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Large optical ring resonators

Simulation with PICWave software based on a FIMMPROP component model

PICWave can easily and efficiently model ring resonators of 100's um diameter. The algorithm is many orders of magnitude more efficient than e.g. FDTD for this application, computing a triple 200um diameter ring resonator down to a wavelength resolution of 50MHz and spectral range of 50nm in just a couple of minutes.

The result shown in the picture below shows a case of a 60um diameter ring resonator; PICWave yielded a result in a few seconds, while OmniSim-FDTD needed 14 hours.

A large ring resonator simulated in PICWave

Simulation of a large ring resonator in PICWave:
circuit designed in the PICWave layout, geometric equivalent and resulting spectra

The difference is even bigger for larger ring resonators. The reason is that PICWave can use a large time step, and so can handle simulation durations in the range of several ns, yielding spectral resolutions finer than 1GHz. In fact, MHz resolutions are attainable. This kind of resolutions is important in the case of large ring resonators.

Even the accuracy obtained is better. As you can see from the graph, PICWave agreement with the theoretical solution is remarkable, and calculated in a few seconds.  

Modelling with FIMMPROP  

In this example we demonstrate how the FIMMPROP-PICWave link can be used when modelling a ring-resonator in PICWave.  

As illustrated below, the structure can be divided into the parts than can be modelled using built-in PICWave circuit elements – the ring (assuming no losses) and straight waveguides; and those which require detailed modelling with an EM solver i.e. FIMMPROP: the coupling regions. 

Schematic view of the structure

Schematic showing the circuit to be modelled by PICWave;
the coupling regions will be modelled using frequency-domain results imported from a rigorous FIMMPROP simulation

The majority of ring resonator circuit is therefore constructed from built-in PICWave elements, apart from the coupling regions which are modelled using FIR sections. Via the PICWave-FIMMPROP link interface, the FIR sections can store FIMMPROP models of the coupling regions internally, and their scattering matrix spectra (coupling vs. wavelength) can be computed automatically via a TCP/IP connection with FIMMPROP.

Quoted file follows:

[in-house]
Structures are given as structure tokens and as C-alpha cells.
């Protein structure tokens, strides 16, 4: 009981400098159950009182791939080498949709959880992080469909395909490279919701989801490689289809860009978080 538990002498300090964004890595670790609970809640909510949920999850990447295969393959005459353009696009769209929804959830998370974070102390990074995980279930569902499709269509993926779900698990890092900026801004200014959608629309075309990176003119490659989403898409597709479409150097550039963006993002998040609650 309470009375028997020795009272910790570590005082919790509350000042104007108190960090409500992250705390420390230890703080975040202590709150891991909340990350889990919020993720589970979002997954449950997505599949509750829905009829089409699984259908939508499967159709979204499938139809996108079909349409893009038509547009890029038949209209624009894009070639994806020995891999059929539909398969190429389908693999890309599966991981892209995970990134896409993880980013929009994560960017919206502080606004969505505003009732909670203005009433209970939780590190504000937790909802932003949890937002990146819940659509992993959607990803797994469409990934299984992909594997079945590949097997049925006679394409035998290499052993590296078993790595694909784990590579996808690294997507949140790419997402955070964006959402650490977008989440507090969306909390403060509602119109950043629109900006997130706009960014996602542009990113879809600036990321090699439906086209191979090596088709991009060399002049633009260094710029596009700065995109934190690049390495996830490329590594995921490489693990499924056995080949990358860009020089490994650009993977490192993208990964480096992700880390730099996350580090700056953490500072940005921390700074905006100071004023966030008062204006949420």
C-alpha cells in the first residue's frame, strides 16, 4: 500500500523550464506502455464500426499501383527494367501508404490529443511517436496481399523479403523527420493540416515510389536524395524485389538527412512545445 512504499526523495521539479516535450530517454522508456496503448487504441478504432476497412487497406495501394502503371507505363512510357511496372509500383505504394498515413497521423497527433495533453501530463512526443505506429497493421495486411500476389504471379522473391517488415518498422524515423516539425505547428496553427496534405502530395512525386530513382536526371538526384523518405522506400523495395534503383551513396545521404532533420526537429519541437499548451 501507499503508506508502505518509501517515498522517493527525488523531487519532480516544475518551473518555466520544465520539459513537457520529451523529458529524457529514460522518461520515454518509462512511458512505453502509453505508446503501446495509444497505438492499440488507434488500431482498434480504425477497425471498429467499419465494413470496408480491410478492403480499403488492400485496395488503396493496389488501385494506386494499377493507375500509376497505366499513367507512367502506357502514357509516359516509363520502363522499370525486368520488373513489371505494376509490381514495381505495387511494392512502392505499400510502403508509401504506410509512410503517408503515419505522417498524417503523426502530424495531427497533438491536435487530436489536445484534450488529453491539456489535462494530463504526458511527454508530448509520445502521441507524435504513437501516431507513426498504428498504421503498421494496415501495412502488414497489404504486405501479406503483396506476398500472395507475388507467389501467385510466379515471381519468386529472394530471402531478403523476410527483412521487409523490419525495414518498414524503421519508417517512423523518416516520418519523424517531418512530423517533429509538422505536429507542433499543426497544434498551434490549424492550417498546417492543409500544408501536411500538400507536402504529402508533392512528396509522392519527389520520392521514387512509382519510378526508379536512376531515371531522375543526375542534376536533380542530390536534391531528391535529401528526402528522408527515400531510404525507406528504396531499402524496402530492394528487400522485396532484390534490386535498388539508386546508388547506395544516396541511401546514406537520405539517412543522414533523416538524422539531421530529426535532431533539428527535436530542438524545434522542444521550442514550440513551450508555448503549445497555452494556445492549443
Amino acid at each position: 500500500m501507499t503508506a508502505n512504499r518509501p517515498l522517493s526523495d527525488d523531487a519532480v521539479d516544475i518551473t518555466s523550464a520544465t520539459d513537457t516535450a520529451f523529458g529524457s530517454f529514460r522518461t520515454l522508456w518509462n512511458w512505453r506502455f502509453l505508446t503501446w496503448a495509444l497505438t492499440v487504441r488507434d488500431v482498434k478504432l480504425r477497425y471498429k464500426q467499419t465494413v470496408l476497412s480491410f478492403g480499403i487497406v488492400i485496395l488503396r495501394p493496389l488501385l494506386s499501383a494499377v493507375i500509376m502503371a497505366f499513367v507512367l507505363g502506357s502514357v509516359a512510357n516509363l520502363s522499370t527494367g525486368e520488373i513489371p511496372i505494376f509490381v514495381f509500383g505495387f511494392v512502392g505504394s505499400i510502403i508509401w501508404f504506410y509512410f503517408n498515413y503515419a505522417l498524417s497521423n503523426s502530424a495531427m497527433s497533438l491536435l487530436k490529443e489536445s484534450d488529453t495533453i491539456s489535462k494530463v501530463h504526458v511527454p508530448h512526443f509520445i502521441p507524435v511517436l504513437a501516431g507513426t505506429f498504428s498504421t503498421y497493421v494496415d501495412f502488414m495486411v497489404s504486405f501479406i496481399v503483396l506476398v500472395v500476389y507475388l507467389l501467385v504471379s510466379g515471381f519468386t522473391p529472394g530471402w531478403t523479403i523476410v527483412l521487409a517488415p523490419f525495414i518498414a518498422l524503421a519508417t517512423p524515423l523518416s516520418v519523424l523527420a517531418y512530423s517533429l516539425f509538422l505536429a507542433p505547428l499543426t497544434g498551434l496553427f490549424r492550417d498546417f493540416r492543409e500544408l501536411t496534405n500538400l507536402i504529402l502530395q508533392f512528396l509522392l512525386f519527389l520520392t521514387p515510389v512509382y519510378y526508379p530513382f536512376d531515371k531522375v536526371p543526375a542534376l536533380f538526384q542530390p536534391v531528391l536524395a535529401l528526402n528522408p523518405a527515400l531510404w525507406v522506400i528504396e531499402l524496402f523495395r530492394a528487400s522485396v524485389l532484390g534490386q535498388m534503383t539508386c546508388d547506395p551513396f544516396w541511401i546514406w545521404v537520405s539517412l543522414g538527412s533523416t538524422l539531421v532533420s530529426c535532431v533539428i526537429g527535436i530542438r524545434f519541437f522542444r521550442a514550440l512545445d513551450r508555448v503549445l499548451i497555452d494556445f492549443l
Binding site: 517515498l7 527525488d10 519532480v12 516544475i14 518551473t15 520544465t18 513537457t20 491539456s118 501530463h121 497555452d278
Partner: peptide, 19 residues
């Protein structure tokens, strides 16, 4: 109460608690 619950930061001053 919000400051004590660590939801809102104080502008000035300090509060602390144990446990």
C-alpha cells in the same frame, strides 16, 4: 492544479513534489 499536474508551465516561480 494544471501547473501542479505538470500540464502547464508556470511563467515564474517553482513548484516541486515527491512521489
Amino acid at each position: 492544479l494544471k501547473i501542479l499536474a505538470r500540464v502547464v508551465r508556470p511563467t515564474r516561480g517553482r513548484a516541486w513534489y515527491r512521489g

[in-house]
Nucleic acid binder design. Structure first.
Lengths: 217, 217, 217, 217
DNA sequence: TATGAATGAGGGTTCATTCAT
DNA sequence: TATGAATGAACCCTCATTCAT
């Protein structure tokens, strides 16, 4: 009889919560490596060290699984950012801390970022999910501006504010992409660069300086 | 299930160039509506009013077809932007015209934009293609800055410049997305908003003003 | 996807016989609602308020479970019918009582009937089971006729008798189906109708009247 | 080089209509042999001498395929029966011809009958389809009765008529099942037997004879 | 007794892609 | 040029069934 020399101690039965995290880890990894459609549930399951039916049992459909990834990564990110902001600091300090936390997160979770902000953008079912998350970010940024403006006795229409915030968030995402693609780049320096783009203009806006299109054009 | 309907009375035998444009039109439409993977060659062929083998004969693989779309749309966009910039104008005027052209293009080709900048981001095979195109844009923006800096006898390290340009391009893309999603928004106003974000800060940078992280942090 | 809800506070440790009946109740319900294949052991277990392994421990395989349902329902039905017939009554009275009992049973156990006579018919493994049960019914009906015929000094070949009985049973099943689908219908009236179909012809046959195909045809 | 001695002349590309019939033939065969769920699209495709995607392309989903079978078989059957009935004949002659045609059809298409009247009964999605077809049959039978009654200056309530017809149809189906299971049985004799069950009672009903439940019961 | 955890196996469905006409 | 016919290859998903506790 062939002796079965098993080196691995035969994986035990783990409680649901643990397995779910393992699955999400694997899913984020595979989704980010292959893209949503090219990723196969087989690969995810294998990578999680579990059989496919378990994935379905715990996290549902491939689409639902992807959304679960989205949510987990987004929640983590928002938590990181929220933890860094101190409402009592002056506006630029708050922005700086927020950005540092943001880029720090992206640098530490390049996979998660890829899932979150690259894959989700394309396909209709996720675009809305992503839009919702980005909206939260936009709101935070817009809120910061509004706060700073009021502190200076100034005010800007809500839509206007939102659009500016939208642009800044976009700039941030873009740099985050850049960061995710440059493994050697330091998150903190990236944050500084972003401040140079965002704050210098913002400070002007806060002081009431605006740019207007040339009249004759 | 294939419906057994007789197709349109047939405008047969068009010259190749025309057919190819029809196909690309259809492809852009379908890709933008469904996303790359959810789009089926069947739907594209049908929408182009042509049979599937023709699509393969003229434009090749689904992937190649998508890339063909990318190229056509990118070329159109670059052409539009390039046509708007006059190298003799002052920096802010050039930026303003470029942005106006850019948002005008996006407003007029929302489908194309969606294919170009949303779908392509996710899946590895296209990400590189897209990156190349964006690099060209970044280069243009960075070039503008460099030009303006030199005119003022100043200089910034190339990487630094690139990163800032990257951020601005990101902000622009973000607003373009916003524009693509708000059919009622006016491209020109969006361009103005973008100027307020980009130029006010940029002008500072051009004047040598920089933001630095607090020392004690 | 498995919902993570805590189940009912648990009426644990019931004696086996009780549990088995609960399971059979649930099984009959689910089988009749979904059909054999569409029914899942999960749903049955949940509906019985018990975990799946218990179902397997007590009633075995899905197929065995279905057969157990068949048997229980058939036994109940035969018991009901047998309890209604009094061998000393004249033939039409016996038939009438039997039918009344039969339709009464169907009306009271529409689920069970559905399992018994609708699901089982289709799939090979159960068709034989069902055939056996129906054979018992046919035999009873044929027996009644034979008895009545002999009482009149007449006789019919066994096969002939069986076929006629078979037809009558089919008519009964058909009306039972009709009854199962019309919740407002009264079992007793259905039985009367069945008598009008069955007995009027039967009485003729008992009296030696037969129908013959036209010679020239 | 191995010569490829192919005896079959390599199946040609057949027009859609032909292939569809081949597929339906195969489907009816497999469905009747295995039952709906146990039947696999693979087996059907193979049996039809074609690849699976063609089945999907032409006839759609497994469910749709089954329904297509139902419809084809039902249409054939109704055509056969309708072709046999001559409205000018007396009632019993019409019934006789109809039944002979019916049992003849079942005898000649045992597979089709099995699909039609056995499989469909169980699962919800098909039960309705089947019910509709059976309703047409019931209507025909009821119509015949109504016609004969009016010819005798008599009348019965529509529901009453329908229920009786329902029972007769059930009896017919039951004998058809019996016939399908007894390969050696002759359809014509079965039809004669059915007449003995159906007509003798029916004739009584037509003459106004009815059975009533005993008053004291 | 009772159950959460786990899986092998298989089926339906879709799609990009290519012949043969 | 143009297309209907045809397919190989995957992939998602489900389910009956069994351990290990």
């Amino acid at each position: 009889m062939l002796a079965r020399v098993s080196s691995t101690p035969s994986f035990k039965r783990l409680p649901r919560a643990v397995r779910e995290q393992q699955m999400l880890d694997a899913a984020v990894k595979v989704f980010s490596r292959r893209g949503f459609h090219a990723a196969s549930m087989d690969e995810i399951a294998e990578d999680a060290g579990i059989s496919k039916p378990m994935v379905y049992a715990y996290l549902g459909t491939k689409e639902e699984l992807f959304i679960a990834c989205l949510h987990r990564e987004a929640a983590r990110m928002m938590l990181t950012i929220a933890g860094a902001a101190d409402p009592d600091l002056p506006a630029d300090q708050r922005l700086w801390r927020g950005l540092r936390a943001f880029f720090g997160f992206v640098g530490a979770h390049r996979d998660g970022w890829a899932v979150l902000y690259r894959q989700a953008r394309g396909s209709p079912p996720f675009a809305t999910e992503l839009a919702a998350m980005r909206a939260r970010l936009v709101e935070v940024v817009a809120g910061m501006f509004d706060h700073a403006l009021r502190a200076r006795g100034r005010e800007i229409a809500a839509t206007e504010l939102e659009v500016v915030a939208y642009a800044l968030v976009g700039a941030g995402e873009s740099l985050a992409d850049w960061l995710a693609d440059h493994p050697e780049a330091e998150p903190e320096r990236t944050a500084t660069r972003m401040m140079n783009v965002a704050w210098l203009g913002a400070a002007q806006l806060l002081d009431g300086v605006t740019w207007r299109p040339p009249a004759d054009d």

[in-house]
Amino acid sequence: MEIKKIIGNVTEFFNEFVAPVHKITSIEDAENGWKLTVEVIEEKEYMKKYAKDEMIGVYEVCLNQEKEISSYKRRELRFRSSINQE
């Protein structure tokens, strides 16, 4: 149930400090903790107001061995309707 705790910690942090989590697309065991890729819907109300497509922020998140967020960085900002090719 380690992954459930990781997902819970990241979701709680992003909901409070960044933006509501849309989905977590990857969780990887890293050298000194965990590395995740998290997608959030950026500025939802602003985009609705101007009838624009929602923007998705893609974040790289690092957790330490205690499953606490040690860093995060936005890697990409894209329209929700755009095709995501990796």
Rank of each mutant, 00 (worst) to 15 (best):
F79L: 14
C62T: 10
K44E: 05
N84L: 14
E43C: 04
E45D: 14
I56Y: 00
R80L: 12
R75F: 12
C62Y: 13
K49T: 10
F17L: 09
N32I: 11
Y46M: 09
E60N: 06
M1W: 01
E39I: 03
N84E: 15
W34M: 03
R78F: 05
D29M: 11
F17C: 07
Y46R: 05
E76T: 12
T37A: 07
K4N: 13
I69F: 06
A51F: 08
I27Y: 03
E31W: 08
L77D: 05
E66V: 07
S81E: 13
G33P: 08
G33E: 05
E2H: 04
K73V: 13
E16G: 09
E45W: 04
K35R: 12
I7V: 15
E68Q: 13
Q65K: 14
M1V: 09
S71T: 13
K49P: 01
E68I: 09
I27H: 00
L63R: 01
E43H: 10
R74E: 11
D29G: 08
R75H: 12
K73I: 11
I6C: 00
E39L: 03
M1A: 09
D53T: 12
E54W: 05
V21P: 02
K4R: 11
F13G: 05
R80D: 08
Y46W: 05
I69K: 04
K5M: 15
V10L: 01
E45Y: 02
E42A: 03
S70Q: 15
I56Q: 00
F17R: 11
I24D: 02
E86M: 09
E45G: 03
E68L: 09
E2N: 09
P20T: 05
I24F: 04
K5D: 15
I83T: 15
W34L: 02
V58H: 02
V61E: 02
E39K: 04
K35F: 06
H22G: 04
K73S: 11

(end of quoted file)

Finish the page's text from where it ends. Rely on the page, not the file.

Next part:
Schematic view of the structure

Ring resonator circuit in PICWave: coupling regions are modelled with FIR sections,
each containing a FIMMPROP model from which a scattering matrix spectrum can be computed
via TCP/IP connection with FIMMPROP; PICWave waveguide sections are sufficient to model the rest of the circuit.

The FIR sections use the imported spectrum to generate an equivalent time-domain filter, which gives the time-domain response of the coupling regions. The figure below displays the imported scattering matrix spectrum and the corresponding FIR filter frequency-domain response, showing close agreement between the two. 

FIR Filter

FIR filter response: (left) imported scattering matrix spectrum for the coupling region showing
the amplitude (blue) and phase (green) of the transmission from port 1 to port 4;
(right) corresponding wavelength response (amplitude only) of one of the FIR sections
modelling a coupling region, showing close agreement with imported scattering matrix spectrum.

The circuit was then simulated in the time-domain, and optical impulse signal with a flat spectrum was injected into the ring resonator and the response was measured. The effects of the modelled wavelength response of the coupling regions can be seen in the spectral results yielded by a time-domain simulation of the ring resonator. 

Transmission spectrum

Transmission spectrum of ring resonator from PICWave simulation: height of transmission peaks varies with wavelength in accordance with the wavelength response of the coupling regions – modelled using results imported from FIMMPROP